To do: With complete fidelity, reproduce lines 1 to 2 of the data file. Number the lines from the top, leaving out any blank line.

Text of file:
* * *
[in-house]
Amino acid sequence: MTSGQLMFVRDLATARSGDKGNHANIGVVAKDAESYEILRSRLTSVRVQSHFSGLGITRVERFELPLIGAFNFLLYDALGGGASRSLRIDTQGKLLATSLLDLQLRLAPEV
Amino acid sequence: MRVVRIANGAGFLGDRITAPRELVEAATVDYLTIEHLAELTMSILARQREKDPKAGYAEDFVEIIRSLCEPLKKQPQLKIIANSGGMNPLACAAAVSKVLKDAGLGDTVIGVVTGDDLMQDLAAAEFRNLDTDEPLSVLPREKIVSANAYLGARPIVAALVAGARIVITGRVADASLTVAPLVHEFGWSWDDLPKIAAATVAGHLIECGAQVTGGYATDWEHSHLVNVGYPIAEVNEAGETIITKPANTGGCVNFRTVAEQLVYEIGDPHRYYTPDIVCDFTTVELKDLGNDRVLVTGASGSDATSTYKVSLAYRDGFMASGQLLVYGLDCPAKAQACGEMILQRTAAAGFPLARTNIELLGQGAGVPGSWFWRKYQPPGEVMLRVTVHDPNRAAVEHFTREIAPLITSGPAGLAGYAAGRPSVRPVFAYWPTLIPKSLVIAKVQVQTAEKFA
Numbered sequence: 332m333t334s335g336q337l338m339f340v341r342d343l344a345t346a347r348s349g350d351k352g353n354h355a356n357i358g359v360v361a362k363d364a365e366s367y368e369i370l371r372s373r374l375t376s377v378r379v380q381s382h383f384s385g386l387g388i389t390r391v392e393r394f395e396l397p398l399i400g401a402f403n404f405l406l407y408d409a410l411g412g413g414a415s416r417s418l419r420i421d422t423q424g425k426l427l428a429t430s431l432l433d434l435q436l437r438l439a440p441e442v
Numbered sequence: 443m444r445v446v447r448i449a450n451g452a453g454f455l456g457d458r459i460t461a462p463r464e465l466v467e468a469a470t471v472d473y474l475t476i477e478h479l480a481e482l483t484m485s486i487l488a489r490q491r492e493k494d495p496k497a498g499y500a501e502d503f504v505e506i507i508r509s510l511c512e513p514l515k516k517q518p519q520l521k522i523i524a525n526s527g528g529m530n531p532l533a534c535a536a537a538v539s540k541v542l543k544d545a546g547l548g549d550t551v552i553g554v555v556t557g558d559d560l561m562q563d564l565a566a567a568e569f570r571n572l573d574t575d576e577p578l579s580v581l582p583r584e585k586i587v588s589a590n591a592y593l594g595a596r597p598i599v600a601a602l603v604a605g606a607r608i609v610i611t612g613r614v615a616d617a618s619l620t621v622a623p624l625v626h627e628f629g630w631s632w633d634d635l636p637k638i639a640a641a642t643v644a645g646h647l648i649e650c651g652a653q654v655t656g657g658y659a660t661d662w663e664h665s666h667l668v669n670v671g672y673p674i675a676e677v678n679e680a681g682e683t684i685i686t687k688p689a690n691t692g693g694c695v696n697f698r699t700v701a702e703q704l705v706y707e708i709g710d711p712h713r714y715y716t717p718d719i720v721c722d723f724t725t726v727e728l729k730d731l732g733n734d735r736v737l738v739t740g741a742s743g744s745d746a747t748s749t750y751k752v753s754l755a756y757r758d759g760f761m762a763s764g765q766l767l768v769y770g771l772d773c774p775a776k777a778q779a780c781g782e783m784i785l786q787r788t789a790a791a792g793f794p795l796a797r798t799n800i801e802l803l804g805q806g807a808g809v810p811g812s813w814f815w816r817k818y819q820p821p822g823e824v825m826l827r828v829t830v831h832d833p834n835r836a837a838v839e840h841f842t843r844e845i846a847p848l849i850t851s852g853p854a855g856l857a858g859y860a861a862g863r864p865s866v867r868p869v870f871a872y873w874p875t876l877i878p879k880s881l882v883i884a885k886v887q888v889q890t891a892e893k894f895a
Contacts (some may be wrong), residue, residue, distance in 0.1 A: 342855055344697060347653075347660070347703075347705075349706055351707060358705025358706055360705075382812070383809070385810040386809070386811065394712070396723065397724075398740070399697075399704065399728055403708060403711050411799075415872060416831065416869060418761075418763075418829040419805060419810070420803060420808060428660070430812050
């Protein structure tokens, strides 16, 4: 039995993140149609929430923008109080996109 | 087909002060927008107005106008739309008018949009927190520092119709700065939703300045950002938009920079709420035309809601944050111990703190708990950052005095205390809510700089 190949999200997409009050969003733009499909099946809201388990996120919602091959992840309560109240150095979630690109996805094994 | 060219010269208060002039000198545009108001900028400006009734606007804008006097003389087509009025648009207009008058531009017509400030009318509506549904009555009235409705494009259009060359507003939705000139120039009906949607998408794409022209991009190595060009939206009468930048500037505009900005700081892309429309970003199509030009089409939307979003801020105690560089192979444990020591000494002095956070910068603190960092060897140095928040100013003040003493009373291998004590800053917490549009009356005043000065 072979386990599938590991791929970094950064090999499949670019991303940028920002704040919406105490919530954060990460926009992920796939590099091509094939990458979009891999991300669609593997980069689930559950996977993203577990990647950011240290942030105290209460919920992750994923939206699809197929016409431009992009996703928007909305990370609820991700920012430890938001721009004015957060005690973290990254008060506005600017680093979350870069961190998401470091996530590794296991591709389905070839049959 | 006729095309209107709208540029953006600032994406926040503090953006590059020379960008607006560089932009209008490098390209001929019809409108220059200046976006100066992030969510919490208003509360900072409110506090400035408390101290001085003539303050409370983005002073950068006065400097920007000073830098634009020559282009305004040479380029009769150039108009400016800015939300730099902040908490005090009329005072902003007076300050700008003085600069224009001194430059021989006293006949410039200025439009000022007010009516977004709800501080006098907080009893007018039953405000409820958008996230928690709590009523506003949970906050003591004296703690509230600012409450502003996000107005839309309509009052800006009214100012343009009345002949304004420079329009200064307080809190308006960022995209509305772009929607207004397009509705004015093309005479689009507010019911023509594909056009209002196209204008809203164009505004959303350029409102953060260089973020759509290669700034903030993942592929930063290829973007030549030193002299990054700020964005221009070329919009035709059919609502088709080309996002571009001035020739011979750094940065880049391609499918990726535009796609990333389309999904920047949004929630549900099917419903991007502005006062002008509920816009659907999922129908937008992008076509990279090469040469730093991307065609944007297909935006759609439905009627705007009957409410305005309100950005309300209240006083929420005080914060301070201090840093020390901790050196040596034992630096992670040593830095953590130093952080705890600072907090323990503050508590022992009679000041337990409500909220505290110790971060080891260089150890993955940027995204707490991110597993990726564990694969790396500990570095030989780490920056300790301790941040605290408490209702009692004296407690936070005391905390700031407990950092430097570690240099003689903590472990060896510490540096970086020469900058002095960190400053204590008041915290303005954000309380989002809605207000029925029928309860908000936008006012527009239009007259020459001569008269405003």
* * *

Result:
[in-house]
Amino acid sequence: MTSGQLMFVRDLATARSGDKGNHANIGVVAKDAESYEILRSRLTSVRVQSHFSGLGITRVERFELPLIGAFNFLLYDALGGGASRSLRIDTQGKLLATSLLDLQLRLAPEV